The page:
SALT LAKE CITY — Ferocious predators on the prowl over night in Ohio echoes a similar scare on the southeastern Idaho border 16 years ago, and it represents the kind of nightmare scenario that Utah laws are intended to prevent.
The real-life safari hunt in Zanesville, Ohio, started Tuesday night when Terry Thompson opened the gates and cages at his animal farm, where he had permits to house exotic animals. According to investigators, he then shot himself to death.
Lions, bears, leopards and wolves ran loose, leaving a community in terror and barricaded in their homes.
"It's like Noah's Ark wrecking right here in Zanesville, Ohio," said wildlife expert Jack Hanna.
All the animals were either killed or recaptured, with one exception — a monkey that's still on the loose.
A similar episode in Idaho struck fear into residents of Lava Hot Springs in 1995. Nineteen lions, tigers and hybrid "ligers" escaped from a ramshackle facility known as "Ligertown." The privately owned collection of chicken-wire and plywood enclosures proved to be far too insecure to hold such dangerous predators.
Idaho deputies killed the last of the escaped cats several days later when it was found at a local elementary school, evidently stalking prey.
Officials in Utah say a tough wild-animal law here protects the public.
"The state law in Utah is very strict," said Mark Hadley of the Utah Division of Wildlife Resources. "Basically it prohibits people from being able to have wild and dangerous animals in their possession."
It wasn't always so. John Paul Fox, chief investigator for the Humane Society of Utah, remembers numerous private zoos and wild animal collections in the 1970s and 1980s. "They were a big concern for us," Fox said. "Dirty cages, lack of veterinary care, poor diets."
The facilities were typically roadside tourist attractions or animal suppliers to movie companies. "There was a lack of security in all those facilities," Fox said. "You could just drive on the site, walk in among the grizzly bears or jaguars or cougars. There would be nobody there the whole time you'd be there at the facility."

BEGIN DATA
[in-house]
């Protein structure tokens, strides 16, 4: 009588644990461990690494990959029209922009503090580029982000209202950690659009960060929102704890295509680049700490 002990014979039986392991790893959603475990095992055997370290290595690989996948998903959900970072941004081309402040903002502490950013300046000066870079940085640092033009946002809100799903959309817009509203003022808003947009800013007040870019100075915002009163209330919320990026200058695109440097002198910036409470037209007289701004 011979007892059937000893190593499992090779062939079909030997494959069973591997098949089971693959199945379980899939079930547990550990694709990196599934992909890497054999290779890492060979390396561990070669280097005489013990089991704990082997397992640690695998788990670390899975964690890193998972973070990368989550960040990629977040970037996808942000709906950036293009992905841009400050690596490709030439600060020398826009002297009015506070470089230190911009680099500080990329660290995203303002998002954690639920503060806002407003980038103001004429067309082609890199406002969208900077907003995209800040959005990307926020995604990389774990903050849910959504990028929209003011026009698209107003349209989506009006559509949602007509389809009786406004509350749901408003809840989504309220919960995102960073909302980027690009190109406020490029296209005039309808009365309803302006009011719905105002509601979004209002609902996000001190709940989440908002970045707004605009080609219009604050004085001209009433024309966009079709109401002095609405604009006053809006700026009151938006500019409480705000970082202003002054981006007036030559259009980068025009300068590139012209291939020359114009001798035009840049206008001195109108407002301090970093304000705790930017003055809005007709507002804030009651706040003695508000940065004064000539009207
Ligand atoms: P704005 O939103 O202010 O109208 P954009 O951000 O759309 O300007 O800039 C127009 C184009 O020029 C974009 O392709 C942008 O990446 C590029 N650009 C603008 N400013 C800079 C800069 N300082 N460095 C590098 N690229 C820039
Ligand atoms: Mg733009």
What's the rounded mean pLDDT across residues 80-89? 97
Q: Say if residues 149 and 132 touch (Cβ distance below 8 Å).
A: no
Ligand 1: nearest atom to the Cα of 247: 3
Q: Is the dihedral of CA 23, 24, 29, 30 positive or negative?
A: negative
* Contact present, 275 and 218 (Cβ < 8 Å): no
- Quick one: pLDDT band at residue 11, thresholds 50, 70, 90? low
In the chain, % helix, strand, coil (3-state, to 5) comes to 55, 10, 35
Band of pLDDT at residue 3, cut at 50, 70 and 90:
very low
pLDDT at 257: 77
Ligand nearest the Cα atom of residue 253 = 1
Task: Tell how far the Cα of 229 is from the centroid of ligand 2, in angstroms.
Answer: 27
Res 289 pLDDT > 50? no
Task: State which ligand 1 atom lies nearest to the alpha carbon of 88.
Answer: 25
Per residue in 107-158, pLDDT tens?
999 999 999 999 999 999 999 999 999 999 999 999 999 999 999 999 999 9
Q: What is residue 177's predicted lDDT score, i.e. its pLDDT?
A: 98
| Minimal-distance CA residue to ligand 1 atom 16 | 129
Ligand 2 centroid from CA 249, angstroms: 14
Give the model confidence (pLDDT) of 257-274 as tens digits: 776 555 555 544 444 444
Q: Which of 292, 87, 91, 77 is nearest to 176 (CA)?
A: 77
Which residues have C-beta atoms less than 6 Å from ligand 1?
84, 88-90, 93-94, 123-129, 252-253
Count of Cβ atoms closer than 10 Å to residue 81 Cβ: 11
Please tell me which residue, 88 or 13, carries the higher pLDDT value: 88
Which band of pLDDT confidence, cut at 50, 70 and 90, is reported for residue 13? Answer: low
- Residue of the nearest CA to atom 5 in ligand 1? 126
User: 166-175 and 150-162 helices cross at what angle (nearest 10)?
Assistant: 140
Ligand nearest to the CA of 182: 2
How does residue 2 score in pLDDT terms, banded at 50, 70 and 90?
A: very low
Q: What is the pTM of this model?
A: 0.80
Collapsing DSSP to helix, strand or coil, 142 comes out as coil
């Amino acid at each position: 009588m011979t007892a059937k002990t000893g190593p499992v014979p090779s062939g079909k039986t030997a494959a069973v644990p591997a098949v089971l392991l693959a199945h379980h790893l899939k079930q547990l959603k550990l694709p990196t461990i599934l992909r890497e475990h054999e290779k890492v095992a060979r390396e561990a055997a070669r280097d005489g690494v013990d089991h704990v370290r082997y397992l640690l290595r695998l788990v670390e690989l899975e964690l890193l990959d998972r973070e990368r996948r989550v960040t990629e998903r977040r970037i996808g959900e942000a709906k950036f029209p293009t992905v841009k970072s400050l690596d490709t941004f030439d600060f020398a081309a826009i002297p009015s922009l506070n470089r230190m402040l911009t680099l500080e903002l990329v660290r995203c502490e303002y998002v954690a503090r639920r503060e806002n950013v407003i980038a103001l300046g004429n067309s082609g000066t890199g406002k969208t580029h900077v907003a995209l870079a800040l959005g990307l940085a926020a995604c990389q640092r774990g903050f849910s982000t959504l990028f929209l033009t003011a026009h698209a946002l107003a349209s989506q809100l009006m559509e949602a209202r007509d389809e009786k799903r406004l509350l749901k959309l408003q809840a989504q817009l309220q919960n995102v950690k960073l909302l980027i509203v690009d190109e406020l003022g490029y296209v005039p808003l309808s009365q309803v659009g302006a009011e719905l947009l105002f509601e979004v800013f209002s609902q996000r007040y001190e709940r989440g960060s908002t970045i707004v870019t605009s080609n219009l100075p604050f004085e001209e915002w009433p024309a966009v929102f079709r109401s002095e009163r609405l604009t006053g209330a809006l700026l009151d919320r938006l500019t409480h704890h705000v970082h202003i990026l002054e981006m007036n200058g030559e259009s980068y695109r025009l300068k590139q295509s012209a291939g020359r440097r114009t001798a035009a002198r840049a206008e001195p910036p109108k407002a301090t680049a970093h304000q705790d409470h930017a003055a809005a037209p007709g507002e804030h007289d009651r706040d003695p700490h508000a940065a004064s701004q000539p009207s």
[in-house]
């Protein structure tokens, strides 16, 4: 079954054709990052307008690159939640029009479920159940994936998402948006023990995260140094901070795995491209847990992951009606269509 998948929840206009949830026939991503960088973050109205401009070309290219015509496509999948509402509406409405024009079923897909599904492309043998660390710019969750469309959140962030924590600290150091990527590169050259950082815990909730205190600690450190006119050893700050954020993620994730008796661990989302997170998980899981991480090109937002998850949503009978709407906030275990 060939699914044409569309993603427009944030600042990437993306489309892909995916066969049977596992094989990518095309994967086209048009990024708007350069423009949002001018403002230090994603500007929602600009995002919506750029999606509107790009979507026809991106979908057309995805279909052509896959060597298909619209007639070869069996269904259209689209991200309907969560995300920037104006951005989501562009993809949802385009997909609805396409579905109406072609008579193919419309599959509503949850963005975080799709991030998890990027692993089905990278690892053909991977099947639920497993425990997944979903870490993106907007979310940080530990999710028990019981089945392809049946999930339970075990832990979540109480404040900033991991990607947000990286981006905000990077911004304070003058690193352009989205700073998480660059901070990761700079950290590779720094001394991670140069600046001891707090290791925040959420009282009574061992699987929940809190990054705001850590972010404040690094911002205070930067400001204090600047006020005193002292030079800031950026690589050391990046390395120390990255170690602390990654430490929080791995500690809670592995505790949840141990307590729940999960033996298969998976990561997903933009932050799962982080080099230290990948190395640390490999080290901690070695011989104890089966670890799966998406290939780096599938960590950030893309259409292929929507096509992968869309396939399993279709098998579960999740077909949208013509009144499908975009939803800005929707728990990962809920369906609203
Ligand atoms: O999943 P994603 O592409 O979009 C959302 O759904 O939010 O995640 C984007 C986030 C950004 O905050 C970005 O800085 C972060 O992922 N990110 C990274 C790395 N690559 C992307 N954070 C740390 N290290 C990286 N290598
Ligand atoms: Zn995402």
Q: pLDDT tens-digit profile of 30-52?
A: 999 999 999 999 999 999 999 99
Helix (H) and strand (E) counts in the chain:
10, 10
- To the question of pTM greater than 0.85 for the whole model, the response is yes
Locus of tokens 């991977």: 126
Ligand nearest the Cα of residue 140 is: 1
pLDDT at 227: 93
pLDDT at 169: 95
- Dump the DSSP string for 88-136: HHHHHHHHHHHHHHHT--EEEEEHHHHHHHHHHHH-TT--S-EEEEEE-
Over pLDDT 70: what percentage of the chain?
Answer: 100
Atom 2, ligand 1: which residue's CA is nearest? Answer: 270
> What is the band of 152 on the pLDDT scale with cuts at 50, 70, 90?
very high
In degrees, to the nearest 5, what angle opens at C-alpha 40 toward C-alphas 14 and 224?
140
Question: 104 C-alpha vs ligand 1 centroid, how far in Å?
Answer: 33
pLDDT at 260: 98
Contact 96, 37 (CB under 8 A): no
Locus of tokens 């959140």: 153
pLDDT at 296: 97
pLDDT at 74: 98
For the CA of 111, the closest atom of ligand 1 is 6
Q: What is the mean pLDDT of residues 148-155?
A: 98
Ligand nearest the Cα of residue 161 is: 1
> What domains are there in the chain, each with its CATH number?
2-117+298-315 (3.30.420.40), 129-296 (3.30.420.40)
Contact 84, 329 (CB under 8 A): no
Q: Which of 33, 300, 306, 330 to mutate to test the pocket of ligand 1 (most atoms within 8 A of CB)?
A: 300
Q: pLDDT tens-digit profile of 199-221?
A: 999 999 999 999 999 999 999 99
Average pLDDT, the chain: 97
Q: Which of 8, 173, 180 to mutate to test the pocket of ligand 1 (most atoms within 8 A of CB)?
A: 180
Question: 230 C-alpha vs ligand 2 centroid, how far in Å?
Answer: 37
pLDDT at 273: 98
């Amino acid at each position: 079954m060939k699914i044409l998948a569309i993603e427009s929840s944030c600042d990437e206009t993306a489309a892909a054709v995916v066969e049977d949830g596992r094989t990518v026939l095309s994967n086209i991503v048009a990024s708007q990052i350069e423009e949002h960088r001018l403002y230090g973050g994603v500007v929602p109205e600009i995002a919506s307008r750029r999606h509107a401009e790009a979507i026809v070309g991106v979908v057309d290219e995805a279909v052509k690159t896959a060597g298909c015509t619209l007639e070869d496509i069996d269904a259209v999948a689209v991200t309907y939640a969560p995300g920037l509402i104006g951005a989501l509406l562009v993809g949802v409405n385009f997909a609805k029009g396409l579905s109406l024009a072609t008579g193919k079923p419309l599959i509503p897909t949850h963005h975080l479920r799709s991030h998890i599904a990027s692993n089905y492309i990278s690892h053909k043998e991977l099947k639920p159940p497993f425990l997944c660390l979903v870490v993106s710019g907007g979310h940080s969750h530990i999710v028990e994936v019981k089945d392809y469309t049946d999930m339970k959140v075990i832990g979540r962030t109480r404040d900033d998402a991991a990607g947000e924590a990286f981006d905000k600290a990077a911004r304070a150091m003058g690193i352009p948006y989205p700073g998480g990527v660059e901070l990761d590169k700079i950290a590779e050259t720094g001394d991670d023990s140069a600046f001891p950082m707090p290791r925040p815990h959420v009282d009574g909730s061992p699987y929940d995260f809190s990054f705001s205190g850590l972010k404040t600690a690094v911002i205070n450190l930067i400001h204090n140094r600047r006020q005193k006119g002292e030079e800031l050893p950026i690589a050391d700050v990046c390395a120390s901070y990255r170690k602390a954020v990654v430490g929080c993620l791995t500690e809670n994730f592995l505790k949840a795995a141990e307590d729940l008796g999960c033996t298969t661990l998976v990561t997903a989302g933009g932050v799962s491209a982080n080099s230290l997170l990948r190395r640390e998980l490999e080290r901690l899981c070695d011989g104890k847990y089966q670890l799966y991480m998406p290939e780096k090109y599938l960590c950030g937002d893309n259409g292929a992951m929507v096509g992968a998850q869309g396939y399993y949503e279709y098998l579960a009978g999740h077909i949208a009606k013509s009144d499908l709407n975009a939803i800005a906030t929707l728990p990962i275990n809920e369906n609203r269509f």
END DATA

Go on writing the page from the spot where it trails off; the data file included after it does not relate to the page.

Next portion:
Rising costs put most of them out of business, Fox said. But he also gives credit to a tougher law that was passed in the early 1990s. One wild animal facility was grandfathered in and allowed to stay in business. That was the Heber Valley farm where Doug Seus kept a one-time movie star, Bart The Bear. "But other than that one individual, we're not aware of anybody who has these types of animals in their possession."
The law applies to various animals including big cats, venomous snakes, wolves, alligators and bears. Public zoos are allowed to keep them if they're certified by the state. Two snake handling outfits also have special variances from the Utah Wildlife Board.
The board did grant another notorious exception in the late 1990s. Duchesne County rancher John Pinder was allowed to keep an African lion named Simba. In 1998, police captured the lion at a 7-11 convenience store in Vernal when Pinder drove it into town, unrestrained, in the back of his pickup truck. Later, Pinder was implicated in an unrelated double-murder on his ranch and he's currently serving a life sentence.
Fox believes others in Utah may be secretly keeping dangerous animals. "I think there is probably some wildlife, some big wildlife, big carnivores, including bears and cougars, that may be out there in somebody's backyard out in rural Utah that the Division of Wildlife Resources and we (the Humane Society) don't know about."
Fox cites two primary reasons people keep such animals.
"One is ego," Fox said. "They want to have the big bad animal. And the second one, I think, in their mind they have a desire to get something they think they can make money off of." He also said animals are sometimes used for scare purposes. "The narcotics people run into rattlesnakes in drug dealers' homes frequently," Fox said. "They use them to guard their drugs."
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